Scroller Jacking – A Bad Practice That Causes Frustration and Disorientation for Users
Scrolljacking is an infuriating website technique which disrupts users’ expected up/down scrolling patterns to the point of disorientation and frustration for all involved. Scrolljacking should never be practiced as this causes frustration for both visitors and webmasters alike.
According to our research, users were generally accepting of scrolljacking that gradually revealed relevant information over short duration, but many users became frustrated when sections required their attention like pop-up ads.
Early Life and Education
Scrolljacks are often employed to accentuate brand attributes visually; for instance, Milwaukee Police News utilizes one on their website as part of a narrative about their organization.
However, this story must be delivered in such a way as to allow users to set their own pace of interaction without feeling forced or disoriented by it. When designing these patterns it’s crucial that designers are cautious as poorly implemented ones can cause confusion and cause frustration for their user base.
We found that most users accepted scrolljacks when used to gradually reveal information, making content efficient to navigate quickly. When too many scroll interactions were required to see something change on screen, however, it caused disorientation.
Achievement and Honors
Awards and honors provide third-party verification of your value while attesting to the hard work involved in earning them. Accolades serve as external validations of your skillset while building credibility and trust within your profession – qualities which should be highlighted on your website.
Scrolljacking can feel intrusive and disruptive because it alters users’ expectations for how to use their scrolling mouse. Imagine when an aggressive driver cuts you off on the freeway, yet instead of honking loudly you find that instead your wipers come on instead!
Mobile scrolljacking can be especially disorienting for users with slower connections and smaller screens, like those using mobile phones to research transfer credit policies at UT Austin. In a recent user testing study, one prospective college student who visited this website to research its transfer credit policies encountered scrolljacks that made her feel as if her time had been wasted because it didn’t help achieve her goal of researching transfer credits at Austin.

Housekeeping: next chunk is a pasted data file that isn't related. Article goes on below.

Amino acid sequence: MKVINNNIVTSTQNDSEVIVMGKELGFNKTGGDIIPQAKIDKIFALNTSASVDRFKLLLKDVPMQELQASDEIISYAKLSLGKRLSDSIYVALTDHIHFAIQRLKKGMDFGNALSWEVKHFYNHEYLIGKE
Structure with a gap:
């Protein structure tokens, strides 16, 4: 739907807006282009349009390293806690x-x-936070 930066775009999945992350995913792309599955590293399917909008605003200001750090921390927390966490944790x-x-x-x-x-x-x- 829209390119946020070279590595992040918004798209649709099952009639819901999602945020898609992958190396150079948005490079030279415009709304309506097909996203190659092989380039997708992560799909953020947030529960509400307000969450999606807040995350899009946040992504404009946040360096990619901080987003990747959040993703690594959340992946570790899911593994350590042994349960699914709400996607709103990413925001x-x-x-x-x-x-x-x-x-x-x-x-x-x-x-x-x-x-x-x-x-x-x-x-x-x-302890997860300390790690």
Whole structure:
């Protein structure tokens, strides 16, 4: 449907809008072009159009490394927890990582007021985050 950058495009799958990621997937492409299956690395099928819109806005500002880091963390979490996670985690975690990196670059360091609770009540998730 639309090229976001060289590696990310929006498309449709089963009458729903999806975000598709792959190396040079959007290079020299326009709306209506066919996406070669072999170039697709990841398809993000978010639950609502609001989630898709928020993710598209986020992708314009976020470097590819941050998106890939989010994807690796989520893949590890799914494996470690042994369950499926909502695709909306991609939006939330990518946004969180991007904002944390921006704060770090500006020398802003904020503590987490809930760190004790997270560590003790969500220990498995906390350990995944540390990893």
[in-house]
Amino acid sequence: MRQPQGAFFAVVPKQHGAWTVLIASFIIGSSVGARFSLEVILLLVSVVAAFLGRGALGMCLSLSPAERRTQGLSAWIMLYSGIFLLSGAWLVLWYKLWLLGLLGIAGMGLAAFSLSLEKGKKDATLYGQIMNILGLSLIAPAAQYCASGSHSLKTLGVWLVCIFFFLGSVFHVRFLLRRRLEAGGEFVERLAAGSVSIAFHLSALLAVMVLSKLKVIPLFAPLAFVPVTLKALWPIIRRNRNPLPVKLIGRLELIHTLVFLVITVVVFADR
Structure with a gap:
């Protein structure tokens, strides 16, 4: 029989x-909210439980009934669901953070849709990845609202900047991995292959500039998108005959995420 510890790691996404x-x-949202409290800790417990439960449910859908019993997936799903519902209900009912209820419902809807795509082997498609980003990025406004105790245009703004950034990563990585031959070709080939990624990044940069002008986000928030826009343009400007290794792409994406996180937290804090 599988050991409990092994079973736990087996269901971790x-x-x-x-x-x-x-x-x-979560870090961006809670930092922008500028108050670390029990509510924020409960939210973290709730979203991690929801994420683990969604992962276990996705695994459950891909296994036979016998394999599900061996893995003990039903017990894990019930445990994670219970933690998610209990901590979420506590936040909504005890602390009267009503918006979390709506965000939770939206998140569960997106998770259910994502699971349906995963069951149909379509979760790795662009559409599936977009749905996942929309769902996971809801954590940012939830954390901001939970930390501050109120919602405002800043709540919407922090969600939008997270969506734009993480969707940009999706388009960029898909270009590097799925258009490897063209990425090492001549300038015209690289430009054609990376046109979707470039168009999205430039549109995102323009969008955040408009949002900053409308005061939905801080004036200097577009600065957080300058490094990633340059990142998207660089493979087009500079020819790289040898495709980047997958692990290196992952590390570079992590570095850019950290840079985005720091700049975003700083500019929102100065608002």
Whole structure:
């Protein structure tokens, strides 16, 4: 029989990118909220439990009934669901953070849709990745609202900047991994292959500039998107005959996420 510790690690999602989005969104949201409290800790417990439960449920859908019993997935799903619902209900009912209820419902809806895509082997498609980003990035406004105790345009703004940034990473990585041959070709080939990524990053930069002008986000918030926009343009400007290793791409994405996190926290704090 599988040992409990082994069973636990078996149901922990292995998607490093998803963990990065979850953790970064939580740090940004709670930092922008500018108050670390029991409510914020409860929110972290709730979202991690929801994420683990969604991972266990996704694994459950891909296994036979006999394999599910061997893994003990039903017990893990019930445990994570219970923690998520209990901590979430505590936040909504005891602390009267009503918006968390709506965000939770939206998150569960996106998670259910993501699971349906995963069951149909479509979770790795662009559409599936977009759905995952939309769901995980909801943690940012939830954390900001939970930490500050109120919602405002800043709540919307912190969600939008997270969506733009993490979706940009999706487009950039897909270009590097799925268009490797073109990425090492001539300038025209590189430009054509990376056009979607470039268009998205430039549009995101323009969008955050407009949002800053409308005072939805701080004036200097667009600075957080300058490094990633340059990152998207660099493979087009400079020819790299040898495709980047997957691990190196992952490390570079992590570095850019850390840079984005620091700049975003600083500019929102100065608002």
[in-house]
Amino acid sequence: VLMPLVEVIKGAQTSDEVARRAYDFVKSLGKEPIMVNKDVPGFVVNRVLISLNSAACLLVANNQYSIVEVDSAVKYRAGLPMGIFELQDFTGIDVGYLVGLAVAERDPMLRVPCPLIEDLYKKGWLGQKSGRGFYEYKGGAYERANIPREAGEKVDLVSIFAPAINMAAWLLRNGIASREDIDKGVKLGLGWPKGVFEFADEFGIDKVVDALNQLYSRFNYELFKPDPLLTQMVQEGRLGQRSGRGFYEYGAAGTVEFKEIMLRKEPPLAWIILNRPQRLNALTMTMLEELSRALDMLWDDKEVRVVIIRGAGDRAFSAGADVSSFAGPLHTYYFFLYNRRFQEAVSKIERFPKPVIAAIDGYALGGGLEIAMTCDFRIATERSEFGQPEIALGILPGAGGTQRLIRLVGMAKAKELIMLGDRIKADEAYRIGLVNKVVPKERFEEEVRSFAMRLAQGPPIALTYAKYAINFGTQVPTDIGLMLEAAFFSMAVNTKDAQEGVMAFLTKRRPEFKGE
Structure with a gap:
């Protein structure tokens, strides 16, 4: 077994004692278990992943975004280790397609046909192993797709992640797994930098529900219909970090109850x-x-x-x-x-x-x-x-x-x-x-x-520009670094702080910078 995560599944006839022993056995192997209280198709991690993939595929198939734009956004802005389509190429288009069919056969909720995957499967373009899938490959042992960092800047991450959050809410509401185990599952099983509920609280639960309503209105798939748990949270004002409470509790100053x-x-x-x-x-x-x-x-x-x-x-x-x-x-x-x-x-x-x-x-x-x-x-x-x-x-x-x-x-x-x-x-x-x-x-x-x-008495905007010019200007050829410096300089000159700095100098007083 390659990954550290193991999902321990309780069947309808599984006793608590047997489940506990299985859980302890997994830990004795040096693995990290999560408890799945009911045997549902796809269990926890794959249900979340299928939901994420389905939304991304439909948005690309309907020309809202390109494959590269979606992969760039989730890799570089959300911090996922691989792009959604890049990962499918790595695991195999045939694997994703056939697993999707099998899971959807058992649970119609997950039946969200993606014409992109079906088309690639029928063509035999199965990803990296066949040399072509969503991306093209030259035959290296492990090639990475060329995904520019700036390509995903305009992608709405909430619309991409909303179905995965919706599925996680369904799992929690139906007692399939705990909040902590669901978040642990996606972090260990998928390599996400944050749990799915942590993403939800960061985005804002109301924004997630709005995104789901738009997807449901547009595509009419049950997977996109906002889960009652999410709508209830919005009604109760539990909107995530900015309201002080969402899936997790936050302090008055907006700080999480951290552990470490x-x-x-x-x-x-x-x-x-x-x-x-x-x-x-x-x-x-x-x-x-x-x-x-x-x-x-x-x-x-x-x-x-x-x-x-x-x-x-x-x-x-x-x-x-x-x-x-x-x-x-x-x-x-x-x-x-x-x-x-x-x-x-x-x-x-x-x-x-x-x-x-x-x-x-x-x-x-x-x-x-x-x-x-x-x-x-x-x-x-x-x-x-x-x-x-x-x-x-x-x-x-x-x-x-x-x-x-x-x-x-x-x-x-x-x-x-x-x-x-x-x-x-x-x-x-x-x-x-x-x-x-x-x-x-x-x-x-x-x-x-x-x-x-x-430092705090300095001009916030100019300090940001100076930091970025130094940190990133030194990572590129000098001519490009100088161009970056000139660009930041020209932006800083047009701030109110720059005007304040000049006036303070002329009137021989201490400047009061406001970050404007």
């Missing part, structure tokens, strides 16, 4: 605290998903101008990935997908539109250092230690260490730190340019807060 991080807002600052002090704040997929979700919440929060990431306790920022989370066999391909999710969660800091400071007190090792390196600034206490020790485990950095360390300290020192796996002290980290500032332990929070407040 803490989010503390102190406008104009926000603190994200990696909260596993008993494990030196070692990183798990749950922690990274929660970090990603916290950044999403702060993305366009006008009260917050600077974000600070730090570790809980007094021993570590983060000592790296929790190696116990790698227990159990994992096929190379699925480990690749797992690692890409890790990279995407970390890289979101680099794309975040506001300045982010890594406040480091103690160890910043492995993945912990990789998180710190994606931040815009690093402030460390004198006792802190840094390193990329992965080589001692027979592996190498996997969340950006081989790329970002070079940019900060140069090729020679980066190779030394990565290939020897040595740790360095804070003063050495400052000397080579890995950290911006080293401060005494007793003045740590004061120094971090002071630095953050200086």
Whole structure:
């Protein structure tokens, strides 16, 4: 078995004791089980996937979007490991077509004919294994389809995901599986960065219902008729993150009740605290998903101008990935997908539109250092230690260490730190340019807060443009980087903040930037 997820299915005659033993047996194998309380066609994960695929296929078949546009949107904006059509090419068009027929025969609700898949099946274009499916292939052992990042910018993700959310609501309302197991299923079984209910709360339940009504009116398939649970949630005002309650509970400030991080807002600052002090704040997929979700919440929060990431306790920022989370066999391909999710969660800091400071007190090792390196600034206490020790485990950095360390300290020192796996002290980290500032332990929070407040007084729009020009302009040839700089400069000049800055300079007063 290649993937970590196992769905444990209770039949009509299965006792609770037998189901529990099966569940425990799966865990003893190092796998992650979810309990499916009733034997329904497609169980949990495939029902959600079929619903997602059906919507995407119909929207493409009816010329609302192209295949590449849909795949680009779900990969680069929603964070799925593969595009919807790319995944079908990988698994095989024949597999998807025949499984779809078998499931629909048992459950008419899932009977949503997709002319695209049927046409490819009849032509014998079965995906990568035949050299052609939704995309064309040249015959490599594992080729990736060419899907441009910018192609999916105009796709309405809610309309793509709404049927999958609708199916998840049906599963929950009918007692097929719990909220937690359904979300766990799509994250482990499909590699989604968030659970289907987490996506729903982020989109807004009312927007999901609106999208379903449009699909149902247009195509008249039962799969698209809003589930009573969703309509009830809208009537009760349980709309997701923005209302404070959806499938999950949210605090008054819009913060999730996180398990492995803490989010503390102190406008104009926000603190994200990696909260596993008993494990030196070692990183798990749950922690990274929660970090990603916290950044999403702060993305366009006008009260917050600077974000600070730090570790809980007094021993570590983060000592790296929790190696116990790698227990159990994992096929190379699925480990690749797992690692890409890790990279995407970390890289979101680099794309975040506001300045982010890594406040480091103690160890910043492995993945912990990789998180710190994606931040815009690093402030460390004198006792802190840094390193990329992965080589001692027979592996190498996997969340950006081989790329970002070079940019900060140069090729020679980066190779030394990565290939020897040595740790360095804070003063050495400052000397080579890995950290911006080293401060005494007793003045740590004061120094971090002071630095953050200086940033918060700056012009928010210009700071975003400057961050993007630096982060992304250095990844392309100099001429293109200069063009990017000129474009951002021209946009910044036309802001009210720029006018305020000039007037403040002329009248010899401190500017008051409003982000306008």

Scrolljacking is an intrusive practice which disrupts the regular up/down scrolling patterns of websites, and can make browsing less pleasant and distracting for users who just want to read information or access its content.
Trending design patterns often incorporate parallax backgrounds for an appealing layered effect, and our study participants accepted this type of scrolljacking when it served a functional purpose, such as providing contextual information.
Scrolljacking can be disorienting when used to navigate users through timelines of events or other pieces of data, while scrolljacking may become annoying if information doesn’t reveal itself quickly enough or is covered up by other elements on the page.
People of all income levels can build positive net worths by saving more, investing wisely, and paying down debt. A net worth is simply the difference between what you own and owe – or in other words, an accounting of what you owe.
Net worth has become a fashionable topic of conversation in popular culture, with lists ranking the net worths of celebrities and other notable figures. But for regular people, understanding your net worth is also vital; it shows what would happen if all your assets were sold off and liabilities paid off simultaneously.
Users expect their web design experience to be easy for them and forcing them to scroll could lead to frustration and could discourage future usage.